Mother’s Ruin: Gin and Tonic Cake

imageThis this was a second attempt at a gin and tonic cake. The previous being a triumphant roaring success and the second simply woeful. I’ve used this recipe both times with a 50% success rate. Simply because I’m not one for strictly sticking to recipes. Beginners luck was on my side last time. This time I couldn’t remember exactly how I’d previously flounced the rules, and I got scared of the vast sugar content and tried to dodge some of the drizzle. When it’s good this cake is really damn good, just don’t waste your best gin, like I did, it’s only baking! Serve it fresh out the oven still warm with a scoop of lemon sorbet…Perfection.



Artichoke gratin


I can take absolutely no credit from this recipe. It was introduced to me by a good friend at a tipsy gathering at university. The dish was presented to us and decimated within seconds. The same has happened every time I’ve made it since. It’s the simplest of recipes but it gets hoovered up like its the last meal on earth.
I have not included any quantities here as it depends on the size of your oven proof baking dish, but you need enough artichokes to cover a thin layer of whatever dish you have to hand.
You need to find prepared artichoke hearts to keep things easy. Either in a tin or as antipasti (for this variety you’ll need to drain the majority of the oil. Roughly chop them into smaller chunks and separate the leaves. Spread them out to cover the base of a baking dish and set aside. In a small bowl mix some mayonnaise with some fresh minced garlic, or if you can find it, some smoked garlic. The flavour is worth the hunt for some specialist ingredients. Season with black pepper a small pinch of salt. Mix together and spread over the artichokes. Stir the mixture until thoroughly combined and compact it down to press out all of the gaps. Then sprinkle a generous amount of grated parmesan on top and bake in the oven until it slightly crisps on top.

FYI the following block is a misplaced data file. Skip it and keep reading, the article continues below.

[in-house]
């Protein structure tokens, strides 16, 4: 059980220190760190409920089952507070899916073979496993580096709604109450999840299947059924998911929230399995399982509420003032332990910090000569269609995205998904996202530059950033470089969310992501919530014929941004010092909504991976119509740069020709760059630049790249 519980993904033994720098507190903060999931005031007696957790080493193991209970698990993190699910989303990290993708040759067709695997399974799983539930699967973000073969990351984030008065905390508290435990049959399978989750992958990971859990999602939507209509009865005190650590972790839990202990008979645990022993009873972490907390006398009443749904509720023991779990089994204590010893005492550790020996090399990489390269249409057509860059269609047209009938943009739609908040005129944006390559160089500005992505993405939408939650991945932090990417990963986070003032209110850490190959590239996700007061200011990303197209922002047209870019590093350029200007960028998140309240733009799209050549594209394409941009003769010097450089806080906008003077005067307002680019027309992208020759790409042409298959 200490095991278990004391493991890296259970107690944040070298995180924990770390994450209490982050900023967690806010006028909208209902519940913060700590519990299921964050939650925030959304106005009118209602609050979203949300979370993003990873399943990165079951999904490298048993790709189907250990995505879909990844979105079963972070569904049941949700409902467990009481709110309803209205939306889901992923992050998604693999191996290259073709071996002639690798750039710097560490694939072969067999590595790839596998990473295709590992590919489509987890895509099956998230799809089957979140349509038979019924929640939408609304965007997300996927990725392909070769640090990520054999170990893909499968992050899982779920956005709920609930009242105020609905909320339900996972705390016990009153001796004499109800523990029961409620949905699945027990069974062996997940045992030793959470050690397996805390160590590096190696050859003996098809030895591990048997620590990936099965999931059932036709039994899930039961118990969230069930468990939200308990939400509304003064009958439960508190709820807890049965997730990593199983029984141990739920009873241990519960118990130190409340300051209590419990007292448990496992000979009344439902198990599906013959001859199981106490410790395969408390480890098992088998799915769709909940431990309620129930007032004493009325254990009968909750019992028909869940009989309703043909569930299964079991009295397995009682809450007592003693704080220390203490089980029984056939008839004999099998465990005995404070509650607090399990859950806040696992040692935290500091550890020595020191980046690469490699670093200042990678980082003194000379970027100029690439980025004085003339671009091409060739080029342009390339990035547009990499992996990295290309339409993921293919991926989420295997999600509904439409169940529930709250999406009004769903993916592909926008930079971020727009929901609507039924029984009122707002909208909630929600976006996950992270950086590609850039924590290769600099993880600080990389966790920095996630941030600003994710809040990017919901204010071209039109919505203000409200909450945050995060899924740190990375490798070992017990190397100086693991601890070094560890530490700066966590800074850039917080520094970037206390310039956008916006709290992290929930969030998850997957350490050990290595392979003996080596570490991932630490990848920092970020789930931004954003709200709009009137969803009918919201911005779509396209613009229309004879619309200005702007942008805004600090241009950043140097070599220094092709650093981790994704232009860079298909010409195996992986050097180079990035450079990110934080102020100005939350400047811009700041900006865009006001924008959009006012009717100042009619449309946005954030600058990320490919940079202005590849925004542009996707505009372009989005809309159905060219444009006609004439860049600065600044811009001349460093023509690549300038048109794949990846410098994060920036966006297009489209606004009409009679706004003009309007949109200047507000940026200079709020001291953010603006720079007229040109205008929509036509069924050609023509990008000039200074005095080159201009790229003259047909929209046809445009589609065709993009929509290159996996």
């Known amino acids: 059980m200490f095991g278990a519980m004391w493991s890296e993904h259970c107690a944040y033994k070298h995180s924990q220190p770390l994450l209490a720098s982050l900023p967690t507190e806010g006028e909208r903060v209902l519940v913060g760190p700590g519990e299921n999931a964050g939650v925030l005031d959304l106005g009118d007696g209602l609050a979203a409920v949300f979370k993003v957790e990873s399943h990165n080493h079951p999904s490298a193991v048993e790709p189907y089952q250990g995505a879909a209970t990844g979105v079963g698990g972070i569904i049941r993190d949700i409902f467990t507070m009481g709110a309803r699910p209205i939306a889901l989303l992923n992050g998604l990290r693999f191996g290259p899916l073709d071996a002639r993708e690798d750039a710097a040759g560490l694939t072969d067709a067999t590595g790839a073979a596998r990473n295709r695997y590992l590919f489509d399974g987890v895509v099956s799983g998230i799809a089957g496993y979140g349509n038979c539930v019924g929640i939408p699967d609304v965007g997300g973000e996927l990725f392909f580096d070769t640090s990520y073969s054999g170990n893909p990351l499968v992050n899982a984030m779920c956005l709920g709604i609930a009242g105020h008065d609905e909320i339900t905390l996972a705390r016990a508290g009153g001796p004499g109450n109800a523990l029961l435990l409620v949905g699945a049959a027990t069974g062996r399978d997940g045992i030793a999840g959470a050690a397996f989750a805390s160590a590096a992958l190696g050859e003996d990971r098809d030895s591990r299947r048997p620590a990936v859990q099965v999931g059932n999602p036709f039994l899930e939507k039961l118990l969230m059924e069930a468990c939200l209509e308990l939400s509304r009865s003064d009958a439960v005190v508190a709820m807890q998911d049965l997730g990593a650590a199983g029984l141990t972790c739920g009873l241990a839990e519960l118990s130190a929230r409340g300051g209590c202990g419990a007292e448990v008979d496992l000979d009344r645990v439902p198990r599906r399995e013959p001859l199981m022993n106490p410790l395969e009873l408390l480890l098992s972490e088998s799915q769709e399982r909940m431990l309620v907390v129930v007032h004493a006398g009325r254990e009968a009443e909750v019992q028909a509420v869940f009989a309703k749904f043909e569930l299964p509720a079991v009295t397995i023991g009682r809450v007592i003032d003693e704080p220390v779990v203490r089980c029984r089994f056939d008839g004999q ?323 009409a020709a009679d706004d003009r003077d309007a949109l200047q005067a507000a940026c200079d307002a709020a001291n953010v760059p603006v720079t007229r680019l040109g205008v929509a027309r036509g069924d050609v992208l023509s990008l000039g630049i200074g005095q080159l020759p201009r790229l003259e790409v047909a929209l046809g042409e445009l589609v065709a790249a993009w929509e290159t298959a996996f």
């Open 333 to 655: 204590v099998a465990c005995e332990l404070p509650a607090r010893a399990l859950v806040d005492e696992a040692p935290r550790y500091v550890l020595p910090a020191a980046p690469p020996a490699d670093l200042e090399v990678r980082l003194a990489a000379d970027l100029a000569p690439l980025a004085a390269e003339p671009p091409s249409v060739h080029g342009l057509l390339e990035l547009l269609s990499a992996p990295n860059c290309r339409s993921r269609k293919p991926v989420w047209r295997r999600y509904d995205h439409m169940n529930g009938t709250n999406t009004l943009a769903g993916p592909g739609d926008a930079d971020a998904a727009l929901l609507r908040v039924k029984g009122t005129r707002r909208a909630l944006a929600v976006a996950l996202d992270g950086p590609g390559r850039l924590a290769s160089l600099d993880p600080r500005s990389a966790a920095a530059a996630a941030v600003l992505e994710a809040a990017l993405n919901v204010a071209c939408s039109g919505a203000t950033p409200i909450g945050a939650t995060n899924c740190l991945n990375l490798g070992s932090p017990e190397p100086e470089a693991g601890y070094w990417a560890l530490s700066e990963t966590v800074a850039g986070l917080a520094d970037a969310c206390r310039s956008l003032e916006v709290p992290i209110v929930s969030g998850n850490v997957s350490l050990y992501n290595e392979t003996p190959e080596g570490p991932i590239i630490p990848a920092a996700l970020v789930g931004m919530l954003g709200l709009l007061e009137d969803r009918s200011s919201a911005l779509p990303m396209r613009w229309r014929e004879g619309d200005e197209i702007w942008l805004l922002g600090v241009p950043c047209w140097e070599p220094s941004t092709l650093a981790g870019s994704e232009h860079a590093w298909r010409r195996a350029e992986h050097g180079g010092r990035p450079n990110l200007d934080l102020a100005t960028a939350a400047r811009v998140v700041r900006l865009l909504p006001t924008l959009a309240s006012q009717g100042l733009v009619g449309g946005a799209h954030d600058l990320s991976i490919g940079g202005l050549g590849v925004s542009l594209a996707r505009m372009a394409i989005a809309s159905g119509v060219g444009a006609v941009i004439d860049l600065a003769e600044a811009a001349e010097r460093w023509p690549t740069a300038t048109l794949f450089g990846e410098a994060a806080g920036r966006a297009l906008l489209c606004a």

Baked cinnamon pear oat cobbler

pearThere is nothing I hate more than a grainy pear, that texture when you bite into it and discover that its like eating sand is a horrid feeling every time. I was lucky enough to be given a bag of Wallis pears fresh from picking, but they took forever to ripen and after 2 weeks of rock hard fruits I decided it was time to make a crumble. I looked up many a different recipes and ended up using my own judgement (by judgement I mean haphazardly throwing ingredients into a mixing bowl), and the end result was perfectly edible.
I baked all of the pears cut into chunks with a tiny bit of brown sugar and cinnamon and half a cup of water to steam through in a baking dish. I love cutting through a pear horizontally to discover the tiny star in the middle. I made a cobbler topping out of oats, some flour, butter, cinnamon and raisins and scattered over the top and placing in the oven until it was crunchy on top. Sadly the pear liquor soaked into the topping a fair bit which meant that the fruit wasn’t nearly as soft as I’d hoped for, but it was absolutely delicious never the less. Overall with a spoon full of yogurt it was basically a fancy warm muesli!

Pork and leek potato pie with cheddar and mustard mash

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Neither a cottage, nor a shepherd’s pie, but a pork and leek one. Its exactly the same format as any other potato pie, but outdoes its competitors by a long mile. You can use minced pork, or if you feeling idiotic like me you can painstakingly hand cut pork into smaller pieces. Fry it of in a hot pan to remove the fat, and add some garlic, a chopped onion and diced leeks. Allow this to cook off before adding a small amount of stock to thicken up into a sauce. Meanwhile you can add some chopped potatoes to a pan of boiling salty water until al dente. Drain and mash, with a proper mashing utensil, not a fork. Add a tablespoon of wholegrain mustard and mix well. Pour the leek and pork mixture into the bottom of an oven proof dish. Cover with the potato and use the back of a fork to create ridges and grate some cheddar before placing under the grill to crisp up.